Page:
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The Industry 4.0 Era Has Given Rise to 'Terrorism 4.0'

  • Market Insight 16 一月 2020 16 一月 2020
  • 亚太地区

  • 数据保护与隐私权

The technological systems of Industry 4.0 offer the world unprecedented social and economic benefits. Co-existent with such possibilities is exploitation of these systems by terrorists. The private sector faces the legal imperative to install risk management measures to address the vulnerability of Industry 4.0 processes to terrorist attacks.

Industry 4.0 will generate far reaching transborder impacts within economic, industrial, societal and security landscapes. From the three previous Industrial Revolutions, it can be seen that rapid development of sophisticated digitalisation and automation mechanisms of Industry 4.0 will profoundly alter human existence in both advantageous and detrimental ways. Recognition of Industry 4.0 processes as radical agents of change was made by the Executive Chairman of the World Economic Forum, Professor Klaus Schwab. Schwab identified key technological drivers of Industry 4.0, including mobile super-computing, robots, machine learning, the Internet of Things, cloud computing, 3D Blockchain manufacturing and advanced data analysis. He predicted the superseding of current digital systems to an extent in scale, scope and complexity, “unlike anything humankind has experienced''[1]. Concurrent with this increasingly digitalised world is the susceptibility of its system to interception by terrorists to enact destructive objectives. It is imperative for the private sector users of Industry 4.0 tools to enact a risk management approach to security and anti-terrorism risks.[2]

The nexus of Industry 4.0 and terrorism derives from the emergent vulnerabilities of the digital integration of IT systems, processes and data flows through networks intended to facilitate production of highly customised products[3]. Cyber-physical systems, powered by cloud computing, the Internet of Things and Artificial Intelligence (AI) offer both legitimate users and terrorists, speed of access to information. Intrinsic to Industry 4.0 is comprehensive integration and interaction of the virtual and physical worlds[4]. This enables terrorists to access sensitive data and to divert operation of industrial, technological and societal logistics to suit their agendas, just as the Internet is changing industry, the Internet is changing terrorism”[5]. The tools of Industry 4.0 have led to a proliferation of channels for terrorist activity[6].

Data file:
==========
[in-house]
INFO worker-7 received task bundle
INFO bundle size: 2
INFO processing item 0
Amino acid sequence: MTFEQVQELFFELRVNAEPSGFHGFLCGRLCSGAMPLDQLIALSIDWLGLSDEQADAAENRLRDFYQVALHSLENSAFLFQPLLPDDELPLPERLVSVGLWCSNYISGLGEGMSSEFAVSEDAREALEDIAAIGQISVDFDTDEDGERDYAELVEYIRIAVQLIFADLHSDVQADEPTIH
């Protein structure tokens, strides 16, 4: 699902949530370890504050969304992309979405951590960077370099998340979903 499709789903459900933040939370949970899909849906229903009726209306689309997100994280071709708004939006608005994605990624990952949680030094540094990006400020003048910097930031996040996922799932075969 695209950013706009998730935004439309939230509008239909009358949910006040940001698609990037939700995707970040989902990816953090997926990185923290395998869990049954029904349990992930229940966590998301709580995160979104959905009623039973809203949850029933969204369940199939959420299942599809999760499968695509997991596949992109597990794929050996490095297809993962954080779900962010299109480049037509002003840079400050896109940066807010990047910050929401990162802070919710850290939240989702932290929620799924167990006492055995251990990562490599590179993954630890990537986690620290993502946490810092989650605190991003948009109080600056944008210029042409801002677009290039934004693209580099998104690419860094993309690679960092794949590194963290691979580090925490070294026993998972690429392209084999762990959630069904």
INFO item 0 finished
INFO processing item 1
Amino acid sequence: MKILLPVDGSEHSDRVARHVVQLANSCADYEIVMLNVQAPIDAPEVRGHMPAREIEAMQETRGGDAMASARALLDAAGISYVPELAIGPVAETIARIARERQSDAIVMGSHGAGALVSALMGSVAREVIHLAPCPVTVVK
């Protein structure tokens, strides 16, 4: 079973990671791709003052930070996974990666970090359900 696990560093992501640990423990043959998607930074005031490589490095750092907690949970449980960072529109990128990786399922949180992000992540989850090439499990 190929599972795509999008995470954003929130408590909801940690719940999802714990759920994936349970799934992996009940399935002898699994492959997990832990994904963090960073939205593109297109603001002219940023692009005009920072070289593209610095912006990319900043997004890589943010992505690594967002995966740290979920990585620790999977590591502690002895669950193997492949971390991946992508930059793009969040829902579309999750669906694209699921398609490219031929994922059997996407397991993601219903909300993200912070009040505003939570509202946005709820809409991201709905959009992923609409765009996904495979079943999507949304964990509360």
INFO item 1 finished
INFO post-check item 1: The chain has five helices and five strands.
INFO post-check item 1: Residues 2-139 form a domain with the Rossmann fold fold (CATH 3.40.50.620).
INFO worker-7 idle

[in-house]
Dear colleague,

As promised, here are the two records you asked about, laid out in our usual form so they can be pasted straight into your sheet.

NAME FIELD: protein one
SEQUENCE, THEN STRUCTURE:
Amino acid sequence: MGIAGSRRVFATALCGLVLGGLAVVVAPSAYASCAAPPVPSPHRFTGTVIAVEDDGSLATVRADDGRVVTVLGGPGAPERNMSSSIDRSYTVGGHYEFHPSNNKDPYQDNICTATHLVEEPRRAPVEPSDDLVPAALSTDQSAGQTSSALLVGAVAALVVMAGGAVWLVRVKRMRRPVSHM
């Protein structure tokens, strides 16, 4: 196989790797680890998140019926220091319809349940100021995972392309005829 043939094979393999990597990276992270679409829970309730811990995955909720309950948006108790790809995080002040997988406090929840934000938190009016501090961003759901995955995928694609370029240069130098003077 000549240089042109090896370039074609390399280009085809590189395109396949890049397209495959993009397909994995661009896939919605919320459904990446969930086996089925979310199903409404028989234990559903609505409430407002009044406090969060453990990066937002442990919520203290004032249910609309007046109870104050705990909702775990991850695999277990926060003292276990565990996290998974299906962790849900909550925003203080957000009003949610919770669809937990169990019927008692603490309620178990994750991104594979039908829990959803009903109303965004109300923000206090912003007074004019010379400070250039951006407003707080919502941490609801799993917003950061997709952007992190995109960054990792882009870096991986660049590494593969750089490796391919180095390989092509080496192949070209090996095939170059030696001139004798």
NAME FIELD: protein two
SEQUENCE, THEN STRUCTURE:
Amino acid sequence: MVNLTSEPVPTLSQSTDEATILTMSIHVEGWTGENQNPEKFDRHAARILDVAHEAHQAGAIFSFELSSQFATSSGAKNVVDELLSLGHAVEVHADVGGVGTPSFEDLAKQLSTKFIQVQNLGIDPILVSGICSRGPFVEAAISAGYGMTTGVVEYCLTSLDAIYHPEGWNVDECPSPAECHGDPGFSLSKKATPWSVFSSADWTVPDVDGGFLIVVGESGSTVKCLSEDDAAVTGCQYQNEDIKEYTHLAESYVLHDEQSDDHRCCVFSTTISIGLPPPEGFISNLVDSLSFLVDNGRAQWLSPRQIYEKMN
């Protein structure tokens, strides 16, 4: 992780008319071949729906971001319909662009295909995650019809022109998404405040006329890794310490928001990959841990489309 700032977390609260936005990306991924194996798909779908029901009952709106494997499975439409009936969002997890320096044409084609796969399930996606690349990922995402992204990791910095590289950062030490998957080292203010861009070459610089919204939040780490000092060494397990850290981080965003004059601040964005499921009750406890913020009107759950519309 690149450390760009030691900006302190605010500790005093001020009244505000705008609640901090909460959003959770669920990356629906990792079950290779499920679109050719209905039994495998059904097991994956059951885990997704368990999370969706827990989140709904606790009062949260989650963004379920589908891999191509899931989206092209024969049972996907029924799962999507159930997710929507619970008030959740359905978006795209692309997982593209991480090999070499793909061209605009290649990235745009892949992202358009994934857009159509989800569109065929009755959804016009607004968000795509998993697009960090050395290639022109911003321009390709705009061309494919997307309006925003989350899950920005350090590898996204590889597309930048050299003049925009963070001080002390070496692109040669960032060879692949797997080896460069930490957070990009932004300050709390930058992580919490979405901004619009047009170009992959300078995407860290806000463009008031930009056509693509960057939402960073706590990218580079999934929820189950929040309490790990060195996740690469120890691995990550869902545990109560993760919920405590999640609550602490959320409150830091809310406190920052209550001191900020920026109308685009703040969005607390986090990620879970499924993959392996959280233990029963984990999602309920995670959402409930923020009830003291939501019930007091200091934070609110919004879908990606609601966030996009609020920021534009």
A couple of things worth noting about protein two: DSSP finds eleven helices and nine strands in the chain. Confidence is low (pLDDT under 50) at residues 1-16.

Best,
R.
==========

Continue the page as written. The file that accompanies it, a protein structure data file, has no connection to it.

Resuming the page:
Concurrent with the evolution of industry and technology is the escalation of the potential for terrorists to initiate attacks upon their targets. The European Union formulated a legal definition of terrorist offences, which included, “seriously socio-economic destabilisation or destruction of fundamental political, constitutional, economic or social structures of a country or an international organisation”[7]. Execution of these offences will increasingly utilise the processes the underpin Industry 4.0. The Industry 4.0 era has given rise to ‘Terrorism 4.0’[8]. Misuse of digitisation can create catastrophic consequences in the physical world. Whilst the digitalisation and automation systems offer substantial advancement in industrial, manufacturing and economic spheres, they are accompanied by susceptibility to potential social dangers[9]. The diversity of these threats includes breaches of cities’ computerised transport systems, crippling of energy grids and seizure of control of super computers by terrorist groups[10].

Scenarios for Terrorist Weaponisation of Industry 4.0

Case Study 1: AI

The potential for manipulation of the tools of Industry 4.0 is evident in current developments in AI. According to Harry Armstrong, Senior Researcher of Technology Futures, at the UK Innovation Foundation, AI is a ‘game changer’ through its use of machine learning to supplement existing decision-making systems[11]. In AI methodology, algorithms can be ‘retrained’ to facilitate fastest and smartest possible processing of data applicable to business, human services and conversely, terrorist agendas[12]. Terrorists have the potential to manipulate devices that operate through image recognition or radio frequency identification and therefore do not require any physical contact. This allows terrorists to remotely control machinery, vehicles and defence systems[13]. Intervention in technological processes for military and intelligence purposes can enable terrorists to use AI to access information about potential targets and to identify vulnerabilities to generate hacks through pattern recognition algorithms to trick computers[14]. AI can be weaponised by terrorists in the analysis of satellite and radar data to control missiles and drones[15].

clyde-co-industry-4-0-era-given-rise-to-terrorism-ai.jpg

Case Study 2: Blockchain